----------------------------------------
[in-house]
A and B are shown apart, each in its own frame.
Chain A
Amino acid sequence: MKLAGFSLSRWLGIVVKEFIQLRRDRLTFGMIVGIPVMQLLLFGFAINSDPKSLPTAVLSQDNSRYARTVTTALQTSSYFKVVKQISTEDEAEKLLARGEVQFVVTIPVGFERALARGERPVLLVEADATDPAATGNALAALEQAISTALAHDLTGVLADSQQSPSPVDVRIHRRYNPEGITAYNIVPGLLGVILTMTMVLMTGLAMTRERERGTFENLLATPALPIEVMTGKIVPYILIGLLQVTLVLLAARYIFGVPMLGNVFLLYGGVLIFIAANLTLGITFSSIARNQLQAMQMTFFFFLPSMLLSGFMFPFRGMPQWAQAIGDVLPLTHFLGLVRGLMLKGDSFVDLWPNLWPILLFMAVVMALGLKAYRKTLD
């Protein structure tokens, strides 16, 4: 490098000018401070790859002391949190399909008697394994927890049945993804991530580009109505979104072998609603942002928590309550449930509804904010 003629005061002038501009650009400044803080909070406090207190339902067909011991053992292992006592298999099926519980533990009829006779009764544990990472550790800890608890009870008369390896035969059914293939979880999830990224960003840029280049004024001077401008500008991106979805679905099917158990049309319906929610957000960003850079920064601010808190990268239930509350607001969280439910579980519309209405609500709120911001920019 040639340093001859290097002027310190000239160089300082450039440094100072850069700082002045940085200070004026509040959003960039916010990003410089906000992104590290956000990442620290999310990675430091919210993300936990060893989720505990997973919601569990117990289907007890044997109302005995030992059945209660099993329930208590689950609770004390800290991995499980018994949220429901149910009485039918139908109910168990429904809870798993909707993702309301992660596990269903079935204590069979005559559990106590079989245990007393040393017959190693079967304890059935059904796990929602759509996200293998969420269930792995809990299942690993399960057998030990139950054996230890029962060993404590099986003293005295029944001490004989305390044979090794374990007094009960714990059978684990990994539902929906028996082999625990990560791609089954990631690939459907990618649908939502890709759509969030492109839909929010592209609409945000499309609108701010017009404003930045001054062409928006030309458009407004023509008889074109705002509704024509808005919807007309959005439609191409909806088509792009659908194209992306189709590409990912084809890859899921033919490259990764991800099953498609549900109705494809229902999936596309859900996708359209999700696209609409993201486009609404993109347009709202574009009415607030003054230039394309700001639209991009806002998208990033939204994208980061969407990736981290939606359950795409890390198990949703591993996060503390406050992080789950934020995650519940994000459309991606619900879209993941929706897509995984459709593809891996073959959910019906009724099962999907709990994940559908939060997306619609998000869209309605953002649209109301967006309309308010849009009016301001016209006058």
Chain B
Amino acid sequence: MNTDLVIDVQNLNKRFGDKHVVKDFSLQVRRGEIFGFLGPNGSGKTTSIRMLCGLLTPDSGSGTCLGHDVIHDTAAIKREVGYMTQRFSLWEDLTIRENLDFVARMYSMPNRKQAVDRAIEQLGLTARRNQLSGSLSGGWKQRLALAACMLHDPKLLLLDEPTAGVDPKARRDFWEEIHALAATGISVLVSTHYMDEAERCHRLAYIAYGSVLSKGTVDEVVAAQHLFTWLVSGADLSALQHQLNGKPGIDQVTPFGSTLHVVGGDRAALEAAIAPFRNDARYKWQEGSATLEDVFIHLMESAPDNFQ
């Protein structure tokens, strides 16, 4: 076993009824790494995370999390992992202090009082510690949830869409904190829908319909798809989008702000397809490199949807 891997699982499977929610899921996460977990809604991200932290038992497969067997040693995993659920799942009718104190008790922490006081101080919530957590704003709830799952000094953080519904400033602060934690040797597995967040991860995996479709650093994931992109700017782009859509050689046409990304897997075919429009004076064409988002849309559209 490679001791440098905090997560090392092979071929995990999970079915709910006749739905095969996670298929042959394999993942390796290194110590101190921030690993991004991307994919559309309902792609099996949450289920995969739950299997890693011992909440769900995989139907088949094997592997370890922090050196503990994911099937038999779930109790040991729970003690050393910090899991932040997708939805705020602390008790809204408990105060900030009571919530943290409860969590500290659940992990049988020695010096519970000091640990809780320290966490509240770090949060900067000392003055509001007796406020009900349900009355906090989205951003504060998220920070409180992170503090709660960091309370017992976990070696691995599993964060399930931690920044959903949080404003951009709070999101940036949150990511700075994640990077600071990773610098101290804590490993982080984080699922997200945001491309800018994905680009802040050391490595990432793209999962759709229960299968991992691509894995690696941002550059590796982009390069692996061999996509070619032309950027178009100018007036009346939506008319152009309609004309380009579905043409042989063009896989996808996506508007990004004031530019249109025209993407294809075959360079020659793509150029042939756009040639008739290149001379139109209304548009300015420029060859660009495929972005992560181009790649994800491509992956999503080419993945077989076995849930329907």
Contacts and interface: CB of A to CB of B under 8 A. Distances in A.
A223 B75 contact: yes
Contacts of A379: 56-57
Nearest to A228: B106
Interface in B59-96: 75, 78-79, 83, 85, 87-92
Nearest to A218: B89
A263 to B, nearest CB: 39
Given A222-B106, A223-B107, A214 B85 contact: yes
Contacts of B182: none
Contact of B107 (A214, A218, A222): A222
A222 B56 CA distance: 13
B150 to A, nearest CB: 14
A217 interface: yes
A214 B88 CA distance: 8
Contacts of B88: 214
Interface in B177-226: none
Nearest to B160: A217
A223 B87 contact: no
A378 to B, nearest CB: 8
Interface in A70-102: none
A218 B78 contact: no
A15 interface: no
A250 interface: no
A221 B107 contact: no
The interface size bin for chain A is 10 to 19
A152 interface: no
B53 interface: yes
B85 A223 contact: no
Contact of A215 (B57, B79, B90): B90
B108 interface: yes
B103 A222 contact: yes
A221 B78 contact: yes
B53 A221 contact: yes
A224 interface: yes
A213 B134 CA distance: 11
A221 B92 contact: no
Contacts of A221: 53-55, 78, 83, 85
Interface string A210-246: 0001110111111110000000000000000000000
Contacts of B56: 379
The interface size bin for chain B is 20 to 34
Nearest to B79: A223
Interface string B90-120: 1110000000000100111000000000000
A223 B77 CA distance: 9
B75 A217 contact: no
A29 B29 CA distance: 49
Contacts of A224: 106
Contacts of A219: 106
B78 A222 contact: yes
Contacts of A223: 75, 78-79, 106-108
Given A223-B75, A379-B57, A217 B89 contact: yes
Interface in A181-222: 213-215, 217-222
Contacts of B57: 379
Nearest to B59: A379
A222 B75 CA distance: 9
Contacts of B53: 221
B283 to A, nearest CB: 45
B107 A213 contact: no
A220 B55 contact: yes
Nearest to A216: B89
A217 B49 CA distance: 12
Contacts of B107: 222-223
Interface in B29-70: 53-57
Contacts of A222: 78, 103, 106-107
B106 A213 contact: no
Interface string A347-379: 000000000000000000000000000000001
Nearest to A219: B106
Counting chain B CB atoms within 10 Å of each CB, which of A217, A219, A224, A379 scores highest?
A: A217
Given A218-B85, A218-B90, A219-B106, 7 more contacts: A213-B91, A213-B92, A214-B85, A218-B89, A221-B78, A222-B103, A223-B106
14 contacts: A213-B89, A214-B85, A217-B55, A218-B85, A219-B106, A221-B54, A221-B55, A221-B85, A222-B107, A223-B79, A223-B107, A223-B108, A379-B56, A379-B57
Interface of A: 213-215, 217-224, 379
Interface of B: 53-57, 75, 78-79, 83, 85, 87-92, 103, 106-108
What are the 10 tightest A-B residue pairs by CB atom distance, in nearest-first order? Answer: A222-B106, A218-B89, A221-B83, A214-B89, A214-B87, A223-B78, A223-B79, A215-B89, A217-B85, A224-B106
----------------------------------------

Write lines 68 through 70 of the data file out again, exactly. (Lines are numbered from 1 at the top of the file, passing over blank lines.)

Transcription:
A217 B49 CA distance: 12
Contacts of B107: 222-223
Interface in B29-70: 53-57